Generally, in order to convict an accomplice of a completed substantive crime (rather than a mere attempt), there must be a guilty principal. United States v. Staten, 581 F.2d 878, 887 (D.C. Cir. 1978). The accomplice and the principal must have a shared intent. United States v. Walker, 99 F.3d 439, 442 (D.C. Cir. 1996).
This rule of law seems to be inapplicable, however, for "attempts" rather than completed substantive crimes. If, for example, a principal pretends to commit a crime, and the accomplice attempts to aid the principal by engaging in conduct that would have established his complicity had the crime been committed, the accomplice may also be charged with an attempt to commit the crime. See United States v. Washington, 106 F.3d 983, 1005 (D.C. Cir.), petition for cert. filed, (July 29, 1997) (No. 97-5423). In this scenario, the prosecution need not show that an offense was actually committed, nor that the principal and accomplice had a shared intent. Id. As with other attempt crimes, the focus of the court's analysis shifts away from external circumstances to an examination of the defendant's intent and actions in furtherance of that intent. Id.
Thus, the prosecution must show that the defendant acted with the kind of culpability otherwise required for the commission of the crime which he is charged with attempting, and that he or she engaged in conduct which constitutes a substantial step toward the commission of the crime. United States v. Mandujano, 499 F.2d 370, 376 (5th Cir. 1974), cert. denied, 419 U.S. 1114, 95 S.Ct. 792, 42 L.Ed.2d 812 (1975). The court looks to the question of whether, if the facts had been as the accomplice believed then, the principal would have been guilty. Washington, 106 F.3d at 1005. As with other attempt crimes, permitting convictions on the basis of the "attempt to aid and abet" theory is justified because, even if an offense was not actually committed, the defendant manifests the same dangerousness of character as the actor who himself attempts to commit the offense. Id.
A similar approach had previously been taken in United States v. Cartlidge, 808 F.2d 1064 (5th Cir. 1987). There, the Fifth Circuit upheld a conviction for attempted aiding and abetting a drug offense. Since neither the statute nor its legislative history provides an explanation of what constitutes "attempt," the court followed the principle of attempt liability developed at common law. Id. at 1066. Under the common law model, the defendant could be convicted of attempted aiding and abetting possession with intent to distribute, despite the fact that no drug offense was actually committed by the principal, if he (1) had exhibited a criminal intent consistent with the crime of aiding and abetting a drug operation; and (2) had moved beyond preparation and completed the requisite substantial step toward committing that crime. Id. at 1068-69.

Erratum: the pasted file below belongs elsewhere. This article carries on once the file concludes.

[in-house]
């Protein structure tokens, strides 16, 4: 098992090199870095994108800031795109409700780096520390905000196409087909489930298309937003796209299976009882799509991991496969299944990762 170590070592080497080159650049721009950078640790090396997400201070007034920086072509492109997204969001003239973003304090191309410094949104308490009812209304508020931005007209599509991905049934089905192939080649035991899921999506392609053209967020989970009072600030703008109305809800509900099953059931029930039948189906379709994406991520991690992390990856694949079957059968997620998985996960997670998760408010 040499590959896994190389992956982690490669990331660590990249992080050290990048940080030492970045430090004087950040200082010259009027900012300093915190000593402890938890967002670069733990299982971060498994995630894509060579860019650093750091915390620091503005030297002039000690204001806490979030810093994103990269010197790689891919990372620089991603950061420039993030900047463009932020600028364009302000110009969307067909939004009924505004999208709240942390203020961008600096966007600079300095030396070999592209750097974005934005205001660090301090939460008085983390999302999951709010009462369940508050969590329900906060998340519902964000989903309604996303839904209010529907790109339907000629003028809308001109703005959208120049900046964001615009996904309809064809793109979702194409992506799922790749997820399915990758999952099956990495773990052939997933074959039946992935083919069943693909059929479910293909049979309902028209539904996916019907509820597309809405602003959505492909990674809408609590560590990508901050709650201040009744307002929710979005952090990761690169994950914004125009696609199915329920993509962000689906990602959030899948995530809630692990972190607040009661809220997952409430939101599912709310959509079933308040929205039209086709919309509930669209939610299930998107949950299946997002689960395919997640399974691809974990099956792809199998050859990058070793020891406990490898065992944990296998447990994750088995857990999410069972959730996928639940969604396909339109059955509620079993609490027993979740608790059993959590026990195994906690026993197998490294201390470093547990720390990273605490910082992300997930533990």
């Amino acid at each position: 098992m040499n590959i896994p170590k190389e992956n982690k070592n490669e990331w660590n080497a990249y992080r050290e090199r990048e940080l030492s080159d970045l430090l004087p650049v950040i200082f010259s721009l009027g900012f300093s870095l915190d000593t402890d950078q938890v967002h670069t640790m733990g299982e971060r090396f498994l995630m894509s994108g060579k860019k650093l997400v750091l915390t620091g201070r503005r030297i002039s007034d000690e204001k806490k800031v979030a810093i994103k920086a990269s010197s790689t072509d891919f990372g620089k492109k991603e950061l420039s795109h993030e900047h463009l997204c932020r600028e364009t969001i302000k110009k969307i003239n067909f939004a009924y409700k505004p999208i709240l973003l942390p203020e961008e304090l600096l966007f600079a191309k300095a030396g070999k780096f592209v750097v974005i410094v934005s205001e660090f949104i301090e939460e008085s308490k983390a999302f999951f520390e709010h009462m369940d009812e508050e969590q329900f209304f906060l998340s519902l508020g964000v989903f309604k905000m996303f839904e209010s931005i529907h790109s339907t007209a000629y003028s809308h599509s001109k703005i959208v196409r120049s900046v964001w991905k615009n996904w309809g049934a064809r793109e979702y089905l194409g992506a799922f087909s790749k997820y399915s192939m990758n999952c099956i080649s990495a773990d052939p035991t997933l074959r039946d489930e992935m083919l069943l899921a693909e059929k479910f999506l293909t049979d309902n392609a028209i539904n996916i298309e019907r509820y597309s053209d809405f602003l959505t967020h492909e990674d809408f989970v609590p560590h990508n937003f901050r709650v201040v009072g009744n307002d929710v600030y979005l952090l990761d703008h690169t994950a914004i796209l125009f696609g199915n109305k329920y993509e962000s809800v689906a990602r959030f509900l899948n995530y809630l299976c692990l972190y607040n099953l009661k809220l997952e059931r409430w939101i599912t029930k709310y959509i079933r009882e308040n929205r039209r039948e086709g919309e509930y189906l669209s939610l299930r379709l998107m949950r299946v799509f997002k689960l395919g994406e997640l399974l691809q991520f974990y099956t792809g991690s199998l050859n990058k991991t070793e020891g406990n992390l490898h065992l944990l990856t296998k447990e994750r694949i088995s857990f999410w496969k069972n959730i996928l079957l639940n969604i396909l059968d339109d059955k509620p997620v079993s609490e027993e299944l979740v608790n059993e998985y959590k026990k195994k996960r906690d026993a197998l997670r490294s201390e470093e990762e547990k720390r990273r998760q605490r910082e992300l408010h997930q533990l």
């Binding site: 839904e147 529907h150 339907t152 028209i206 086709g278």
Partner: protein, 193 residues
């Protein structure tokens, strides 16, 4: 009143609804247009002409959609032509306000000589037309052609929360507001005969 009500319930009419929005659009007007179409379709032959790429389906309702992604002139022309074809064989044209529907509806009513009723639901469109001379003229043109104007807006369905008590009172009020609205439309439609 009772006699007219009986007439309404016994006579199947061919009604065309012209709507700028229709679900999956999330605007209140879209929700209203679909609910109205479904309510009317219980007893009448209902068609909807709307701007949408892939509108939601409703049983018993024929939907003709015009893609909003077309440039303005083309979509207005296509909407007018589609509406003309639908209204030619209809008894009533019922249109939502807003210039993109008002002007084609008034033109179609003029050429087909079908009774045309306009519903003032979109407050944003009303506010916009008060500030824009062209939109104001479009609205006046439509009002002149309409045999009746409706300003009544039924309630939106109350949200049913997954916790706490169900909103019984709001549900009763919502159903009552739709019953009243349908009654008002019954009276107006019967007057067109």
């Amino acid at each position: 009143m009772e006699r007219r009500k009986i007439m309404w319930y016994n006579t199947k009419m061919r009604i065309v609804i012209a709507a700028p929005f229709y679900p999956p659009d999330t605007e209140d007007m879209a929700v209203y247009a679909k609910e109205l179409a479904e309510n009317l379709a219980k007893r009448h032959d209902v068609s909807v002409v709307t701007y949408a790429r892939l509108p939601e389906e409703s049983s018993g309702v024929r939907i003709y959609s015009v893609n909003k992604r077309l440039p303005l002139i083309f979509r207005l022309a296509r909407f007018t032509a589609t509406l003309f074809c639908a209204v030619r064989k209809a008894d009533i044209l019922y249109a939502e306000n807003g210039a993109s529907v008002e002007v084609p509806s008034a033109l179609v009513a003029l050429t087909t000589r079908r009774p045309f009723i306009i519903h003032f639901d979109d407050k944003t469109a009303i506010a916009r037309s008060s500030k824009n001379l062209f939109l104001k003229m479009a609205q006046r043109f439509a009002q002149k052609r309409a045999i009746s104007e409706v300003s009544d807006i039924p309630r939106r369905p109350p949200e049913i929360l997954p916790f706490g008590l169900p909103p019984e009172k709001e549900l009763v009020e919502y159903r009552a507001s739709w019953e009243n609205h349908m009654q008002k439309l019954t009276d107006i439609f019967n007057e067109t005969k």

Courts have "routinely affirmed" convictions for aiding and abetting attempted drug offenses. United States v. Collins, 779 F.2d 1520, 1533-34 (11th Cir. 1986) (upholding charge of aiding and abetting attempt to import marijuana); United States v. Matlock, 109 F.3d 1313, 1318-1319 (8th Cir. 1997) (upholding conviction where defendant went to house to receive package of drugs intended for distribution by his accomplices -- the principals); United States v. Stone, 960 F.2d 426, 433-34 (5th Cir. 1992) (upholding conviction of defendant Sienhausen because she knowingly made her parent's home available for clandestine laboratory operations or meetings intended to further the criminal venture); United States v. Padilla, 961 F.2d 322, 324-25 (2nd Cir.), cert. denied, 506 U.S. 846 (1992) (upholding conviction of defendant Torres, who acted as a "lookout"). Notwithstanding contrary dictum in United States v. Blankenship, 970 F.2d 283, 288-89 (7th Cir. 1992) (a conspiracy case), the Seventh Circuit is in accord. See United States v. Valencia, 907 F.2d 671, 677 (7th Cir. 1990) (stating "we shall assume that Mr. Martinez was convicted of aiding and abetting Mr. Valencia's attempt; such a conviction is entirely permissible").
The charge of aiding and abetting an attempt may be particularly appropriate in two situations:
- Against individuals who have sought to facilitate the clandestine manufacture of methamphetamine (or some other controlled substance) -- whether or not the venture was ultimately successful. See United States v. Stone, 960 F.2d 426, 433-34 (5th Cir. 1992) (upholding conviction of defendant Sienhausen for aiding and abetting an attempt to manufacture methamphetamine because she knowingly made her parent's home available either for clandestine laboratory operations or meetings intended to further the criminal venture); United States v. Boyd, 958 F.2d 247, 251 (8th Cir. 1992) (upholding conviction for aiding and abetting an attempt to manufacture methamphetamine); United States v. Wagner, 884 F.2d 1090, 1097 (8th Cir. 1989), cert. denied, 494 U.S. 1088 (1990) (in ruling upon defendant Michael Wagner's claim that the jury found him guilty solely of aiding and abetting his brother's attempt to manufacture methamphetamine, the court held that the e vidence was sufficient to sustain such a conviction); and
- In reverse sting cases. See United States v. Nunn, 940 F.2d 1128, 1131-32 (8th Cir. 1991) (in a prosecution following a reverse sting operation, upholding conviction of defendant Nunn who, knowing of the criminal venture, drove an accomplice to meetings); United States v. Duke, 940 F.2d 1113, 1117-18 (8th Cir. 1991), cert. denied, 116 S.Ct. 224 (1995) (in a prosecution following a reverse sting operation, upholding conviction where the defendant -- the head of a drug organization -- supplied $120,000 to an underling to purchase cocaine).
[updated October 1998]